San Jose Sharks D-man Brent Burns knows many people see him as the guy with the beard who wears crazy outfits. He admits he is that guy. But he’s not just that guy.

Brent Burns has been talking for nearly an hour about bears climbing trees and RVing and winter toques with bells on them and timber wolves and his NHL Draft experience and surfing and Joe Thornton and cycling and the merits of the travel-size Vitamix blender, but the time comes when, even though you don’t want to, you feel you have to let him go. This interview was supposed to run only 15 minutes. That’s impossible, since the San Jose Sharks defenceman spent nearly that much time discussing what animal he’d like to see next in person.

“I could watch a gorilla all day,” Burns says. “Giraffes. Elephants. I love bison. Just looking at a bison, I love that. Any primate-—just to see their movement. It’s insane. Cats. I love watching cats.”

That leads Burns to a story about navigating his 45-foot RV through a drive-through zoo in Williams, Ariz. “Bearizona,” he says. “It was unbelievable.”

Fewer than 10 minutes into this interview, it becomes clear that the intended premise is a disservice to Burns. And to hockey fans. And to good, fun conversation, really. The plan was to focus on hockey and on his serious side (he does have one), because Burns is in the midst of what could be the best season of his career. Besides, it’s a well-documented fact that he is unlike any player in the NHL: the lack of teeth, the many tattoos, the wild beard, the zany suits. We wanted to do something different. But how can you talk to a man who’s been bitten by a cheetah and not ask him what it’s like to get bitten by a cheetah? It’s impossible.

“What are you writing about?” Burns asks about 40 minutes in. “Is this just about everything?”

Fair question, considering the breadth of topics covered. Burns reads about himself online, and he’s found a common thread. “Everything’s always about, ‘I’m crazy snake guy and animal guy.’ I am that. I am a crazy guy,” he says. “But it would be nice if everybody doesn’t think of me as a joker on skates, because I don’t think I am.”

And so we agree to take a more serious route. Or try to, at least. But then conversation shifts to the time he took the RV to Colorado’s mountains and the altitude made all his bike tires blow, along with the 12 bags of ketchup and all-dressed chips he’d brought from Canada because you can’t get them in the U.S. “I’m just crushed,” Burns recalls. “I’ve got no bike tires left, no potato chips…”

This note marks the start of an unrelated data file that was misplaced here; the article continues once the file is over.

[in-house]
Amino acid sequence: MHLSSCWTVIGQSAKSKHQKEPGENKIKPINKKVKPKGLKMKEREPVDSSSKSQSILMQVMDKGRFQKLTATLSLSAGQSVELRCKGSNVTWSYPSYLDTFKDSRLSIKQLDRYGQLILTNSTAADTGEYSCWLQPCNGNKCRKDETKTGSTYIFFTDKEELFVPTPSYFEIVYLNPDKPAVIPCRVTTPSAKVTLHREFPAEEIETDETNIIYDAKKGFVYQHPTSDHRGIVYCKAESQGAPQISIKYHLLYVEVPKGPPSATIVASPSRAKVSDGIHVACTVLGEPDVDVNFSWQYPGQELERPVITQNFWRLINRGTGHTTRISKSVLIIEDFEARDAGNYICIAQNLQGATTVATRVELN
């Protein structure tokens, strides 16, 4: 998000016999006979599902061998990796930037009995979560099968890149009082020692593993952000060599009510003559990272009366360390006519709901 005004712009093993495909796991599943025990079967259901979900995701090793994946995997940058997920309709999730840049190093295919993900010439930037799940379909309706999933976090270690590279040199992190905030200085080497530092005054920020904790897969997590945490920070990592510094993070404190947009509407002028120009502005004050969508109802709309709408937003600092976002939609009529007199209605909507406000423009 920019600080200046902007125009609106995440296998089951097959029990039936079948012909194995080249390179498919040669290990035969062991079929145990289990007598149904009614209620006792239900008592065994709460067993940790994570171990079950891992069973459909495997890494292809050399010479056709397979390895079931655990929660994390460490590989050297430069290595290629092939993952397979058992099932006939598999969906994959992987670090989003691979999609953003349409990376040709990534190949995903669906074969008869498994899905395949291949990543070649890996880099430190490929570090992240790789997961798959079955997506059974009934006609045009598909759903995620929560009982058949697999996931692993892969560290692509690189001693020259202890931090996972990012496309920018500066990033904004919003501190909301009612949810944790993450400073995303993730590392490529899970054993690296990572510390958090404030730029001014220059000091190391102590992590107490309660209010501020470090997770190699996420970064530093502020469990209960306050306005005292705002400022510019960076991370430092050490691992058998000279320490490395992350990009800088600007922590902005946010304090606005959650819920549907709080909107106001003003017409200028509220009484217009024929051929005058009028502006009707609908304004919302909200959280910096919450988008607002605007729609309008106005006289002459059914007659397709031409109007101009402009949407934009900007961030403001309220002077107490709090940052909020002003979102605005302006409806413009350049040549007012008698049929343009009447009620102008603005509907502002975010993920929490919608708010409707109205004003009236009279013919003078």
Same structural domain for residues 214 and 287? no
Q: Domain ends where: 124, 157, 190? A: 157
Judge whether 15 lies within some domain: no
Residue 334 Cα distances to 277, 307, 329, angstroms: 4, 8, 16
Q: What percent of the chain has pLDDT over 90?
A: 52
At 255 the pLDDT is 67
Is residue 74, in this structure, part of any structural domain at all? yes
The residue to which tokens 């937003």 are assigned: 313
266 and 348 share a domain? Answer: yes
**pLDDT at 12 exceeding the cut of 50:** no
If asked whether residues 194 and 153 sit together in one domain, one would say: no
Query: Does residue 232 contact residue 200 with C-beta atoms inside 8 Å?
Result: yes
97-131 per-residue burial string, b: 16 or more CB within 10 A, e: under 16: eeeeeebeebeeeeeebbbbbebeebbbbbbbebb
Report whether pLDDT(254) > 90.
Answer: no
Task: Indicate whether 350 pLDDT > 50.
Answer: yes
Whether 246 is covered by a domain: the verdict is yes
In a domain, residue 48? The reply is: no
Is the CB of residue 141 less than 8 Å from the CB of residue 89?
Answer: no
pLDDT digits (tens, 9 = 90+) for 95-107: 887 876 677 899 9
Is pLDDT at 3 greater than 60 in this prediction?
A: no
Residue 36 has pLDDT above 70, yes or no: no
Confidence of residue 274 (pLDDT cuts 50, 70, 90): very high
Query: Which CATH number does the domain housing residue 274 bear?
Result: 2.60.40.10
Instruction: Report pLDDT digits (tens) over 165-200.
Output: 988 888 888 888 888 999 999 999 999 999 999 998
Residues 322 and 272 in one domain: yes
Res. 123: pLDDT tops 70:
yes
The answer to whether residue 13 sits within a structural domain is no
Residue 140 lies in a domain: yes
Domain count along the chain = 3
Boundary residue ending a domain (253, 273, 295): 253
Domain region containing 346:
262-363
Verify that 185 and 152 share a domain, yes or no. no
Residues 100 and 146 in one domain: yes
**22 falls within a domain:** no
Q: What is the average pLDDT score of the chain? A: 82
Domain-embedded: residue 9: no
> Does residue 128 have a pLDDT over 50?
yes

Sometimes, you just have to let a guy tell his story.

Beyond the beard
Though he owes part of his fame to his facial hair, in recent years Burns has been gaining attention for his equally outsized point totals and award buzz

Speaking of which, that’s harder than it sounds. This interview was supposed to happen in Detroit, but it got cancelled along with that day’s practice. Getting Burns on the phone took a month because the 31-year-old father of two with “many passions and many hobbies,” as he puts it (that’s a wild understatement), will think he’s free on a Wednesday afternoon but realize at the last minute he’s taking his son and daughter to jiu-jitsu, and there’s no way he’s missing that.

There is no shortage of interest around the Sharks’ No. 1 blueliner, either. He just signed an eight-year extension worth north of $60 million after a career-high 75 points last season made him a finalist for the Norris Trophy and helped push the Sharks to the Stanley Cup Final for the first time. Burns led the NHL in points through the bulk of October, and he’s been a fixture among the top defencemen in the league in scoring. A couple of days after our conversation, he scored his seventh of the season-—a quick inside-out move in front that went off New Jersey defenceman Kyle Quincey—to tie Shea Weber for most goals among blueliners through 19 games. And no defenceman had more than Burns through November.

That he’s reached such lofty heights comes as a surprise to many who knew him as a younger player, including the NHL GM who drafted him 20th overall back in 2003. Doug Risebrough—then with Minnesota—did not think Burns would be this good. Yes, Risebrough drafted him as a right-winger, because that’s what he was back then, but even after Wild coach Jacques Lemaire converted Burns to a blueliner, Risebrough didn’t expect him to become one of the NHL’s best. “That speaks to Brent more than anything,” Risebrough says.

He remembers watching Burns’s rookie season and thinking his puck control had improved. Then Burns asked the GM if he could bring his stickhandling coach to practice. “I said, ‘You have a stickhandling coach?’” Risebrough says. “It just shows there are no limits in Brent Burns’s mind to getting better.”

That Burns is still learning is in part because his thirst for knowledge is non-stop, and also because he was a bit of a late bloomer. When he was growing up in Lindsay, Ont., and playing in the Greater Toronto Hockey League, he was a small kid. “I still think of myself as a small player,” says Burns, who’s now six-foot-five and 230 lb. “I think it helped my skating and my puckhandling.”

Stan Butler coached Burns in Brampton, Ont., in 2002–03, during Burns’s lone season in the Ontario Hockey League, and remembers they drafted a winger with great mobility and hands who was five-foot-11—but when he showed up at camp months later, he stood six-foot-two.

“He was a happy kid with lots of energy,” Butler recalls. “He had no tattoos. He had no beard. I mean, he was 16 years old. Most kids aren’t tatted up at 16.” (Actually, Burns got his first tattoo at 11. He says he couldn’t grow a solid beard until he was 25, though.)